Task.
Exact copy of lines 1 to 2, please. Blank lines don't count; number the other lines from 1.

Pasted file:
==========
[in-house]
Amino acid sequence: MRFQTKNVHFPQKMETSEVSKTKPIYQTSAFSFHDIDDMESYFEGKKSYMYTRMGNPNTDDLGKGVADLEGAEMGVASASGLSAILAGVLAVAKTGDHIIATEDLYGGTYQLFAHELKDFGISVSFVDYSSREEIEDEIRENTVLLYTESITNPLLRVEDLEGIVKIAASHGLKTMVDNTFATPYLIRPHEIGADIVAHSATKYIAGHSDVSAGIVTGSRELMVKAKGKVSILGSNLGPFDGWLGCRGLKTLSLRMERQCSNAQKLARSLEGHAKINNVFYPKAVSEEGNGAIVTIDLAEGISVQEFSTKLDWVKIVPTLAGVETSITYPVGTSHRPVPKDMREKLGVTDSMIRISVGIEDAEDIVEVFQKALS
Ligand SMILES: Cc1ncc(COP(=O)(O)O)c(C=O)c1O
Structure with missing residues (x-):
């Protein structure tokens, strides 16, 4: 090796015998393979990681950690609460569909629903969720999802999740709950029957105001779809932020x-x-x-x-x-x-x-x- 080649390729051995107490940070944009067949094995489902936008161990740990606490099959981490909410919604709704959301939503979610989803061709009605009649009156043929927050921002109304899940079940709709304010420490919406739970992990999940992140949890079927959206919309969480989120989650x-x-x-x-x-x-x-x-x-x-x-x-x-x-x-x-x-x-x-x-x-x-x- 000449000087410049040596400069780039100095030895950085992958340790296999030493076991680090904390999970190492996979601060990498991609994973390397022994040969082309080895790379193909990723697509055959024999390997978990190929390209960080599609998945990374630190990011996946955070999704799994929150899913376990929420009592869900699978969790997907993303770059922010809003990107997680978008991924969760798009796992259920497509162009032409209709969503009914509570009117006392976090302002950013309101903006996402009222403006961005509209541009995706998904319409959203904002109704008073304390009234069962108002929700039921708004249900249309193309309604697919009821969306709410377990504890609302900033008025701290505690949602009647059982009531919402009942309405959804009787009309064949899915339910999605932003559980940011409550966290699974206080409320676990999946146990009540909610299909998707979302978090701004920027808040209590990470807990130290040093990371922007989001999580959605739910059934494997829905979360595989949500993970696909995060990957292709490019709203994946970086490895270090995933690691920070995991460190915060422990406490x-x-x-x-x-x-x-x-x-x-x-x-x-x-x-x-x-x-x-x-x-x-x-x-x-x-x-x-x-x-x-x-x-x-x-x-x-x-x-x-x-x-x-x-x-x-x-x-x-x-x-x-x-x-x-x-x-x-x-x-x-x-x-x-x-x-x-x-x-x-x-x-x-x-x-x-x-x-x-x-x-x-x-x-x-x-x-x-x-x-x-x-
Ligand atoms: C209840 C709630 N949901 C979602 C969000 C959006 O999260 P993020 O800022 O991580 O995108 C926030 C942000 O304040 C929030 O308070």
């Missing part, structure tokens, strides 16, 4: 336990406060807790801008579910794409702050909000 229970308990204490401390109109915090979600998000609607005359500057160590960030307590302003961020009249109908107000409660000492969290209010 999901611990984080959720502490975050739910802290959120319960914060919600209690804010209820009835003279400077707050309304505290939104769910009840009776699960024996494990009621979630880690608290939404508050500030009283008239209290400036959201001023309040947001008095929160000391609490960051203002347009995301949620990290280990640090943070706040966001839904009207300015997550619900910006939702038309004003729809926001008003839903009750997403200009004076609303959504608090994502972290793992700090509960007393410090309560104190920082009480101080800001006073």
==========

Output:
[in-house]
Amino acid sequence: MRFQTKNVHFPQKMETSEVSKTKPIYQTSAFSFHDIDDMESYFEGKKSYMYTRMGNPNTDDLGKGVADLEGAEMGVASASGLSAILAGVLAVAKTGDHIIATEDLYGGTYQLFAHELKDFGISVSFVDYSSREEIEDEIRENTVLLYTESITNPLLRVEDLEGIVKIAASHGLKTMVDNTFATPYLIRPHEIGADIVAHSATKYIAGHSDVSAGIVTGSRELMVKAKGKVSILGSNLGPFDGWLGCRGLKTLSLRMERQCSNAQKLARSLEGHAKINNVFYPKAVSEEGNGAIVTIDLAEGISVQEFSTKLDWVKIVPTLAGVETSITYPVGTSHRPVPKDMREKLGVTDSMIRISVGIEDAEDIVEVFQKALS